"I don't think anyone in the country passes the ball like us, I really don't. I continually tell our guys that. Where one through 14 of guys can and will pass it. It's fun to watch."

Ayers said that the team feeds off of one another.

"It's very contagious because when you play the right way good things happen and I think that's what we do," he said. "We make the extra pass, we just do the right things in order to win, make winning plays."

McAlarney agreed.

"It's so contagious. It's fun for us to play in, it's fun to watch," he said. "You kind of want to make the right play if the guy makes the right play to you. It's just how we play, it's very unselfish."

Point guard Tory Jackson scored just two points against the Coyotes, but dished out 10 easy assists.

"To tell you the truth, it's them guys that make me look good. They knock down the shots, I just get them the ball, that's all I can do," he said. "I really didn't do nothing but get them the ball and help defensively. That's all you can do. When you've got a team shooting like that, you don't want to force anything and you just want to keep feeding it to the hot hand."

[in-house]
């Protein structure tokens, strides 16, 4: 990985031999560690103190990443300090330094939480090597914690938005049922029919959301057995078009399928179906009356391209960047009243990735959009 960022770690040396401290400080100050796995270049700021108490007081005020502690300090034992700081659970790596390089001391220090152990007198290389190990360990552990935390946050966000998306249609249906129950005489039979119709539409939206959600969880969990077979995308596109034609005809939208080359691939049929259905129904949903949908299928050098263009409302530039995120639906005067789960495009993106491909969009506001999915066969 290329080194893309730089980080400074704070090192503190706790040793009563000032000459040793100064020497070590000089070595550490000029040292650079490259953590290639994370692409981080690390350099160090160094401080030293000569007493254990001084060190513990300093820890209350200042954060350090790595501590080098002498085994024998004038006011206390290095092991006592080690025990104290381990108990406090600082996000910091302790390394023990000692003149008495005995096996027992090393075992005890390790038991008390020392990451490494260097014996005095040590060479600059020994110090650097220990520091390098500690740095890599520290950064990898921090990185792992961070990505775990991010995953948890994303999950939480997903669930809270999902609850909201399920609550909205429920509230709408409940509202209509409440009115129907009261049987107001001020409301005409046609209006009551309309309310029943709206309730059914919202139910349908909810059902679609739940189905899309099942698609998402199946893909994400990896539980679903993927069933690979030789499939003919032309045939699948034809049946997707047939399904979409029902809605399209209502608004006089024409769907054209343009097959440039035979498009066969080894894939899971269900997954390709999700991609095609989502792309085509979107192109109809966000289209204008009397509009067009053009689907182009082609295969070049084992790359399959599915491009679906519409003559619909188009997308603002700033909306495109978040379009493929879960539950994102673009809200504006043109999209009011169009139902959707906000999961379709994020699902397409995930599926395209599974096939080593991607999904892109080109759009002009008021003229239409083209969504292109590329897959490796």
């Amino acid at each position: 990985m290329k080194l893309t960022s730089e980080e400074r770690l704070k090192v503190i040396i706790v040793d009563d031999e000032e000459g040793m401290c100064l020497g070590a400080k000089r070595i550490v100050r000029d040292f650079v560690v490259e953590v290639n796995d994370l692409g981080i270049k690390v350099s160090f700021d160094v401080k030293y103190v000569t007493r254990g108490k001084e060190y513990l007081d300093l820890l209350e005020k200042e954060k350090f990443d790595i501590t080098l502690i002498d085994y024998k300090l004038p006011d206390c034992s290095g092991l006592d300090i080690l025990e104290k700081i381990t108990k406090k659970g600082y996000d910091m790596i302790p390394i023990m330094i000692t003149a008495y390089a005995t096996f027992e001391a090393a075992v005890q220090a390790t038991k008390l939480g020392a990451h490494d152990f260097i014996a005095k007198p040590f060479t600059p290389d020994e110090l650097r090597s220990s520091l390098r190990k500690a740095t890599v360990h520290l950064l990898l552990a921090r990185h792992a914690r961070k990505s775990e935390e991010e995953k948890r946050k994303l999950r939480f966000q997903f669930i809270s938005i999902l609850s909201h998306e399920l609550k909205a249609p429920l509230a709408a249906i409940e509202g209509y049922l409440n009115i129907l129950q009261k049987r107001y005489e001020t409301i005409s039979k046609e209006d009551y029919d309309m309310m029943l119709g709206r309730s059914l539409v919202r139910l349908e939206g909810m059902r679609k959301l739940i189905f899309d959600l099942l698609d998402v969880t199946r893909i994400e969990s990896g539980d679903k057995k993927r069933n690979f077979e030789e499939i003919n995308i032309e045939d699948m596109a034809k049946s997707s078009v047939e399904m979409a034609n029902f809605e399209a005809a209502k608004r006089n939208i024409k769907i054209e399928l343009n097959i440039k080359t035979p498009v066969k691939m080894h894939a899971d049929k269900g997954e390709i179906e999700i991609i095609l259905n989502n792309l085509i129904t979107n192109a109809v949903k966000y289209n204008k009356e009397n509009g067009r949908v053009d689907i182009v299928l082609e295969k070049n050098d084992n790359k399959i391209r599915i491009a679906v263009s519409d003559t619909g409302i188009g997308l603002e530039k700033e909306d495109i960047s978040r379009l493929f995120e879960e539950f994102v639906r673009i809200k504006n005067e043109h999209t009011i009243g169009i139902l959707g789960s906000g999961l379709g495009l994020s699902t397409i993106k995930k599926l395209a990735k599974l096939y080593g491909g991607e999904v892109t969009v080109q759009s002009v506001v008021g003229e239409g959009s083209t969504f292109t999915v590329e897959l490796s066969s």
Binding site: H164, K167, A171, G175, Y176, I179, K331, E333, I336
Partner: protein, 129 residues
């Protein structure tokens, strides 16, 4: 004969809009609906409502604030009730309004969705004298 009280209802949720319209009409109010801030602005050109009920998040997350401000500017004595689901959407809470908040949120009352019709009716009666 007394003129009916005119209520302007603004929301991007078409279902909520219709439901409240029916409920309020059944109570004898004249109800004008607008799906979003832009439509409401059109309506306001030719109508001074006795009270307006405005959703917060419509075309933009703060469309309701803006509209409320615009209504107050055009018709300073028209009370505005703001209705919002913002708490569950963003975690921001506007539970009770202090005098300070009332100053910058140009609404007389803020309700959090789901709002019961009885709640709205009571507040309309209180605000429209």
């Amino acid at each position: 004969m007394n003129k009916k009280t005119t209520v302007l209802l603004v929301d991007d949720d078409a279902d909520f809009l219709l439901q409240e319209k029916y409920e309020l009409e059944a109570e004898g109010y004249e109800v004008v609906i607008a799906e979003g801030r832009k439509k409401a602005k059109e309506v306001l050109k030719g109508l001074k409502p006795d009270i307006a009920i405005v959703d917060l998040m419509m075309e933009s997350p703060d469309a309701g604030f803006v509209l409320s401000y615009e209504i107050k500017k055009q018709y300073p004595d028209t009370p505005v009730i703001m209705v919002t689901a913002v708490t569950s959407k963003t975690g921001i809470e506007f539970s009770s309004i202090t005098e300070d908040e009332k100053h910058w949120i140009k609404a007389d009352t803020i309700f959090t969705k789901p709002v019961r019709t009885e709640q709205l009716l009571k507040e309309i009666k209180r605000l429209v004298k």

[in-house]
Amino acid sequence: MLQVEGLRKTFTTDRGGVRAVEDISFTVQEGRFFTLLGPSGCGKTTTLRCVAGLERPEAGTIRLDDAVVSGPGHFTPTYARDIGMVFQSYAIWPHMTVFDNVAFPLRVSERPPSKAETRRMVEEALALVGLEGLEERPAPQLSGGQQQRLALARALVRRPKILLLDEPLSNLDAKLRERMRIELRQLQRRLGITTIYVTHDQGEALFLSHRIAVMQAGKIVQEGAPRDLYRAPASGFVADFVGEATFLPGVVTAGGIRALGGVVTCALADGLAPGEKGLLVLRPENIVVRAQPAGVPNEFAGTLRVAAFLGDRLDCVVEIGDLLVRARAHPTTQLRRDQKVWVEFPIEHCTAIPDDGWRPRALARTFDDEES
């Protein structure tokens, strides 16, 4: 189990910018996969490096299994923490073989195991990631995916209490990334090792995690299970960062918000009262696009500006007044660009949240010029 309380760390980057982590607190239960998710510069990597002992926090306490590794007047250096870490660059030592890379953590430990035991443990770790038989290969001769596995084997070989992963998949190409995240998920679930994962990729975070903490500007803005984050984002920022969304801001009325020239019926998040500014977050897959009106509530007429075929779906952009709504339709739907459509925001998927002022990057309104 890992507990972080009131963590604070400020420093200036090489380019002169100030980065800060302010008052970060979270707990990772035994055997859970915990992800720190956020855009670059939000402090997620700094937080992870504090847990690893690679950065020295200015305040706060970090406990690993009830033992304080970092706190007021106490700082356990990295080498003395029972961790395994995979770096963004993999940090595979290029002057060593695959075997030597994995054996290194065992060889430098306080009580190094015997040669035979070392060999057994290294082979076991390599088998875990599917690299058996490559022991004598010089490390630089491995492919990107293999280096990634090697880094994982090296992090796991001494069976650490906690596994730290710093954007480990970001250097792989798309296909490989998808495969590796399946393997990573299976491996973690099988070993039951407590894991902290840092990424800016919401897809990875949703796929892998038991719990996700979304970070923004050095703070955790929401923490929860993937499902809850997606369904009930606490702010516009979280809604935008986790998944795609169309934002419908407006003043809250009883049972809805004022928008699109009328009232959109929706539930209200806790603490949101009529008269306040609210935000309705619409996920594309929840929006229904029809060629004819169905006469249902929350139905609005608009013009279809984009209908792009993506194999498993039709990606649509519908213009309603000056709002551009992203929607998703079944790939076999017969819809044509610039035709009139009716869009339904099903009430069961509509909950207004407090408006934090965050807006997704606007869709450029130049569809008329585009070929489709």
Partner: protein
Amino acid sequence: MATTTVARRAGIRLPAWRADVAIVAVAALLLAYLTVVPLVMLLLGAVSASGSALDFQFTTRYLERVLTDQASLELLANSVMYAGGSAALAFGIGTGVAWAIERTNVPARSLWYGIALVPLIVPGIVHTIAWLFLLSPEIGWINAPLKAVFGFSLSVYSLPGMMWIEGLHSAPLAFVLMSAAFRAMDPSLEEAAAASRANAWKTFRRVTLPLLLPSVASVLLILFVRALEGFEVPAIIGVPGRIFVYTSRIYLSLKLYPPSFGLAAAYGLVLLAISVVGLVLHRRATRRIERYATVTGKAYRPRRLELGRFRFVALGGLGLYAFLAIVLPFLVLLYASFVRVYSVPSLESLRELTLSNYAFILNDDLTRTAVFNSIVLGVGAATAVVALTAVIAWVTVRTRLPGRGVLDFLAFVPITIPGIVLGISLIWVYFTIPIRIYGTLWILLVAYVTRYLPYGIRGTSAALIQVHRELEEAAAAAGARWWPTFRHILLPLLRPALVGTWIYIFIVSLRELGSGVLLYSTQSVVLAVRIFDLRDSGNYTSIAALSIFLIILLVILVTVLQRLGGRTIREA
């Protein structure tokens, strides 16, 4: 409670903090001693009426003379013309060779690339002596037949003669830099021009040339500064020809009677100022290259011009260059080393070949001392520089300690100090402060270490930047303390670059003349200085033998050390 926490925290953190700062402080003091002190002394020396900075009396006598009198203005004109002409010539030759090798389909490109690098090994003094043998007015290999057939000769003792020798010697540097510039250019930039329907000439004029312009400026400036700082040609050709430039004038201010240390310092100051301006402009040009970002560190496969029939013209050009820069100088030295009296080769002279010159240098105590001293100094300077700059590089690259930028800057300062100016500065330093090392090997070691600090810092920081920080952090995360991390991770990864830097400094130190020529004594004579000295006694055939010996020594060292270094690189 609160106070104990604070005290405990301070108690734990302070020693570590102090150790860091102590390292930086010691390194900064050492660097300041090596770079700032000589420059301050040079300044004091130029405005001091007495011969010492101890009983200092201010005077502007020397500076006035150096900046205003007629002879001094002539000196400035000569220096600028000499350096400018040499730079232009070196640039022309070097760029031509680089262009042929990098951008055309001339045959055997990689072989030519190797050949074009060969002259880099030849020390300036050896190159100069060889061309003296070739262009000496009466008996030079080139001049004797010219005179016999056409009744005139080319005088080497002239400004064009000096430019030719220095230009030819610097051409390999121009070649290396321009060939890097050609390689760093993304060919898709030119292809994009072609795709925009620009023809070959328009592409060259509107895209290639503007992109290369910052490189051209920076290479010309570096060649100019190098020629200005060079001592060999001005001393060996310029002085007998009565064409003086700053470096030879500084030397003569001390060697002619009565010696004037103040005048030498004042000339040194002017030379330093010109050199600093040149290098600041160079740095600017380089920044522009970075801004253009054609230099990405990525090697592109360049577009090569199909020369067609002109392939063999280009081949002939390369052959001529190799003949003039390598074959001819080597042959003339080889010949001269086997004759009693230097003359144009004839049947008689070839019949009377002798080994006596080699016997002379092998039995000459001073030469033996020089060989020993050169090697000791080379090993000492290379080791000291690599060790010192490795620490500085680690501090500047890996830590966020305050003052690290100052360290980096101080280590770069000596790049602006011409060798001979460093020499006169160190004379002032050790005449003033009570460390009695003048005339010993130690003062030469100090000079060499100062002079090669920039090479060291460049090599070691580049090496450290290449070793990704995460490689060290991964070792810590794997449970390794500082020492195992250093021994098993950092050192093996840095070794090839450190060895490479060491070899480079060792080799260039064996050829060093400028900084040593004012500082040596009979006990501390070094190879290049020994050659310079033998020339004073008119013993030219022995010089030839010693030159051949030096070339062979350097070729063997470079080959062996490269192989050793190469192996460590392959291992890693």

BREY'S BUSY FRIDAY: Brey will accompany his squad to Indianapolis, but will return north before heading back down to Indy for the Ohio State game. Brey's son Kyle is a sophomore tight end for the University of Buffalo and the coach will head to Michigan for the Bulls' MAC Championship Game against Ball State on Friday night.

"Our daily schedule works out great where we can get all of our prep in and I can shoot up to Ford Field and watch the game. I'll get back by 1 a.m. and we have a shootaround at 9:30," he said. "There's things you've got to do with your children as many of you know and I think our players know that. They were asking me all week, ‘Coach, you're going right? You're going up?' I said, ‘Yeah, I'm going to sneak out of the backdoor after practice fellas and watch that game.' So, I'm excited to go see that."